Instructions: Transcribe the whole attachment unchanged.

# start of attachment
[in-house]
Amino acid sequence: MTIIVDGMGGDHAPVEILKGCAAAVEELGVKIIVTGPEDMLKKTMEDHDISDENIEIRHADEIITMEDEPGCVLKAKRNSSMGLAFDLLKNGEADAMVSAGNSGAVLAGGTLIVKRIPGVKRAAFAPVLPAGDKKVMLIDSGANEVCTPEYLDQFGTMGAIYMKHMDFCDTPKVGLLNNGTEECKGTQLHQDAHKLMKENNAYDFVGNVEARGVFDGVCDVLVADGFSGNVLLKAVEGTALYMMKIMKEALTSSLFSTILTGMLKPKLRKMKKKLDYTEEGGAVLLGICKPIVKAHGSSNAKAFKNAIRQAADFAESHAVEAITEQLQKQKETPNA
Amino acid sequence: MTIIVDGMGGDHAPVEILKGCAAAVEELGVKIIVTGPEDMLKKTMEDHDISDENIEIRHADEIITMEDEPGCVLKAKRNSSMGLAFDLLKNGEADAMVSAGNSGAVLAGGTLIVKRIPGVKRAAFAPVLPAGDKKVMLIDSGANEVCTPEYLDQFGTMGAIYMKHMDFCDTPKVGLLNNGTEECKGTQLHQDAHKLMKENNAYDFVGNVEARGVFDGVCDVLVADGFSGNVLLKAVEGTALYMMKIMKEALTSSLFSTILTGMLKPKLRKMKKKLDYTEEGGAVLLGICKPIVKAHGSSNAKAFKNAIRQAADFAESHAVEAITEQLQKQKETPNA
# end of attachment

[in-house]
Amino acid sequence: MTIIVDGMGGDHAPVEILKGCAAAVEELGVKIIVTGPEDMLKKTMEDHDISDENIEIRHADEIITMEDEPGCVLKAKRNSSMGLAFDLLKNGEADAMVSAGNSGAVLAGGTLIVKRIPGVKRAAFAPVLPAGDKKVMLIDSGANEVCTPEYLDQFGTMGAIYMKHMDFCDTPKVGLLNNGTEECKGTQLHQDAHKLMKENNAYDFVGNVEARGVFDGVCDVLVADGFSGNVLLKAVEGTALYMMKIMKEALTSSLFSTILTGMLKPKLRKMKKKLDYTEEGGAVLLGICKPIVKAHGSSNAKAFKNAIRQAADFAESHAVEAITEQLQKQKETPNA
Amino acid sequence: MTIIVDGMGGDHAPVEILKGCAAAVEELGVKIIVTGPEDMLKKTMEDHDISDENIEIRHADEIITMEDEPGCVLKAKRNSSMGLAFDLLKNGEADAMVSAGNSGAVLAGGTLIVKRIPGVKRAAFAPVLPAGDKKVMLIDSGANEVCTPEYLDQFGTMGAIYMKHMDFCDTPKVGLLNNGTEECKGTQLHQDAHKLMKENNAYDFVGNVEARGVFDGVCDVLVADGFSGNVLLKAVEGTALYMMKIMKEALTSSLFSTILTGMLKPKLRKMKKKLDYTEEGGAVLLGICKPIVKAHGSSNAKAFKNAIRQAADFAESHAVEAITEQLQKQKETPNA